Forest dept steps in to save tigers; Government withdraws permission granted to a private company to generate wind energy in a forest area
The Karnataka forest department has foiled a private company’s bid to convert part of a shola forest in the Western Ghats into a wind energy hotspot since the project would have occupied a tiger corridor.
A Bangalore-based hydropower company had, in June 2009, got the government’s approval to use the area to generate 25MW of power. Following the government order, the forest department too had granted permission to the company to undertake testing work at the Moorkangudda reserve forests, which hosts one of the most thick shola forests in the state besides a wildlife corridor.
However, a public interest litigation (PIL), filed by Western Ghats Environment Forum (WGEF), challenged the government’s order on the ground that it would cause irreparable damage to the sensitive ecosystem. Taking note of the PIL, the forest department cancelled the permission it had earlier given to the company to extend its testing period. With this, the energy department, which was hell-bent on starting the project, had to withdraw the permission.
Moorkangudda is a critical link between Pushpagiri Wildlife Sanctuary and Kudremukh National Park, and is host to endangered species including tiger, leopard, wild dog, gaur, sambar and several others protected under the Wildlife (Protection) Act, 1972. The area has grasslands and shola forests, and matches Bababudangiri area in its natural beauty.
“This is a positive step taken by the forest department to save this excellent tiger habitat. Though this area might have a low density of large carnivores, it acts as a critical corridor between southern and northern Western Ghats,” wildlife biologist Sanjay Gubbi told DNA.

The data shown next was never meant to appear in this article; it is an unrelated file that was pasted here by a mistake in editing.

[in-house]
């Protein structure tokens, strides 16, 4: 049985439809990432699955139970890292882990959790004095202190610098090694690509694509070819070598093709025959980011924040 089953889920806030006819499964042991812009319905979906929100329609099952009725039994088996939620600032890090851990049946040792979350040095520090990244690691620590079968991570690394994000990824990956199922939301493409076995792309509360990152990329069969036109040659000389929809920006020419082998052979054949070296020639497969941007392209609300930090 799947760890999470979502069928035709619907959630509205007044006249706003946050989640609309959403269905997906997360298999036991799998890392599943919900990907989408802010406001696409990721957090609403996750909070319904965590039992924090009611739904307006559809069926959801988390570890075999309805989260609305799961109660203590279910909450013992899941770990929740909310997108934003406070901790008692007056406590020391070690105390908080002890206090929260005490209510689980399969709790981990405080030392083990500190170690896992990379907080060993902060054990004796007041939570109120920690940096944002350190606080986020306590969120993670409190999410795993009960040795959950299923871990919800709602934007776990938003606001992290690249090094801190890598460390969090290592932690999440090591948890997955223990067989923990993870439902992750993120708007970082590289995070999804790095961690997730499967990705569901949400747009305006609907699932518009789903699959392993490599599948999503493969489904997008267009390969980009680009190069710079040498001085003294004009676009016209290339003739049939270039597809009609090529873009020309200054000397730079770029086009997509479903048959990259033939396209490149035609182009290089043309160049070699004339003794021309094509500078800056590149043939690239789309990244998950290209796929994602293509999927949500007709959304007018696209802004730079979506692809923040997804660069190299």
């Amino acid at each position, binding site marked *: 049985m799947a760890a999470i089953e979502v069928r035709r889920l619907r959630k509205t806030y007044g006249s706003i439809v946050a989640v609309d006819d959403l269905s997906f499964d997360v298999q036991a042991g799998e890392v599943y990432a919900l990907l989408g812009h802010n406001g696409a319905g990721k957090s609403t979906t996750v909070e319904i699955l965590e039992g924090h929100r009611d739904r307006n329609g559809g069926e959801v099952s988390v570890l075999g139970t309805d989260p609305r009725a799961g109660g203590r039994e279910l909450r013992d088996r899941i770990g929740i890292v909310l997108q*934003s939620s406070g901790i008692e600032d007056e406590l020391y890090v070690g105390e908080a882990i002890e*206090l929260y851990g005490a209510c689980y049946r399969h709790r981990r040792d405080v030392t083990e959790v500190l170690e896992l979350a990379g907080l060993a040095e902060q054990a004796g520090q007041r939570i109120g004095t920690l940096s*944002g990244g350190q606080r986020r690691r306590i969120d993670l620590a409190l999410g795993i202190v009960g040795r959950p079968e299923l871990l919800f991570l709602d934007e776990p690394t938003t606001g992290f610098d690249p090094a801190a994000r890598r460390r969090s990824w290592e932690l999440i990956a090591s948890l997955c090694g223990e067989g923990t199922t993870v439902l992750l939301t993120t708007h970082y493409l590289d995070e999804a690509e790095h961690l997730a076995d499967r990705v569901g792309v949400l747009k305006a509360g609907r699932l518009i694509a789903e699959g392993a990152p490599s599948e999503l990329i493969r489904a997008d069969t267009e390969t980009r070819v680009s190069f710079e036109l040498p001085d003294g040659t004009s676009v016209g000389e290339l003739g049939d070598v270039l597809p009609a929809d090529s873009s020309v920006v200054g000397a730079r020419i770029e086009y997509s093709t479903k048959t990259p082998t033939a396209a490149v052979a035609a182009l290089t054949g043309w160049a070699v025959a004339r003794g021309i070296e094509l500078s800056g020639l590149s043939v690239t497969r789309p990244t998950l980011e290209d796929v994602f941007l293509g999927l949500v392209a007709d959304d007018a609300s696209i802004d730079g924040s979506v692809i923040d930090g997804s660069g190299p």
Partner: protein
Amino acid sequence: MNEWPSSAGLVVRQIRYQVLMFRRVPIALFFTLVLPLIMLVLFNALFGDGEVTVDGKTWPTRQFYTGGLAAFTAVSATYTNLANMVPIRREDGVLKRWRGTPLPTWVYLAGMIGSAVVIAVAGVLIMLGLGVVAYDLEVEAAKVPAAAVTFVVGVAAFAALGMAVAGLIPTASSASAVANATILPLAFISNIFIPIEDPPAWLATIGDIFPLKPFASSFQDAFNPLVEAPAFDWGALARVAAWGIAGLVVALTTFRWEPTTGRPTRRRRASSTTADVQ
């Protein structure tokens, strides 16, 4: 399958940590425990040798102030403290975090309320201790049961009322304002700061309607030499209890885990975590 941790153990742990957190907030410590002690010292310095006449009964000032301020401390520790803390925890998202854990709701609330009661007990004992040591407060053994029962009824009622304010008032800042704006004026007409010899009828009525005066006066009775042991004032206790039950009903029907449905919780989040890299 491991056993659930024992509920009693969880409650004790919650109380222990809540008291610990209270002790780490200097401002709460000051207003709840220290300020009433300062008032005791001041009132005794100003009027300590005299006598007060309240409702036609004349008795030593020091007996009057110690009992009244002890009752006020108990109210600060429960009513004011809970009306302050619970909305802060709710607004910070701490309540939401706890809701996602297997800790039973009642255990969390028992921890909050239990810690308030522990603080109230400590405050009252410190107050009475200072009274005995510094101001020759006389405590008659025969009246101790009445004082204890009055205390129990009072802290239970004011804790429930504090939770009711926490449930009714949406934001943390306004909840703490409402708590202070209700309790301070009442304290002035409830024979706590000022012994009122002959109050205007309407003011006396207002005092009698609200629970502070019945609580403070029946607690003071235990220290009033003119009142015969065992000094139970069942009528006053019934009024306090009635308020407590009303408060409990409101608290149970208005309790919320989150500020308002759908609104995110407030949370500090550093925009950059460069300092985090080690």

“In the interest of long-term tiger conservation in the state, it is critically important to connect all protected areas through existing corridors or else once these corridors are lost, the concept of source-sink model for tiger conservation will be obsolete,” he added.
Last year, the forest department had proposed that a few reserved forests in this area be added to Pushpagiri Wildlife Sanctuary owing to their high ecological value. “It is now clear why some unknown vested interests were opposing adding these areas to the Pushpagiri sanctuary,” said Sunil Gaikwad of Wildlife Matters Trust of Bangalore.
Gubbi said the most important aspect of this episode was the saving of the tiger corridor. The cats use the canopy cover to remain undetected during migration. He said Karnataka has the highest tiger density in the country, but to retain this pride, the state will have to take proactive steps in stopping diversion of important forest areas.
|Wind Watch relies entirely
on User Funding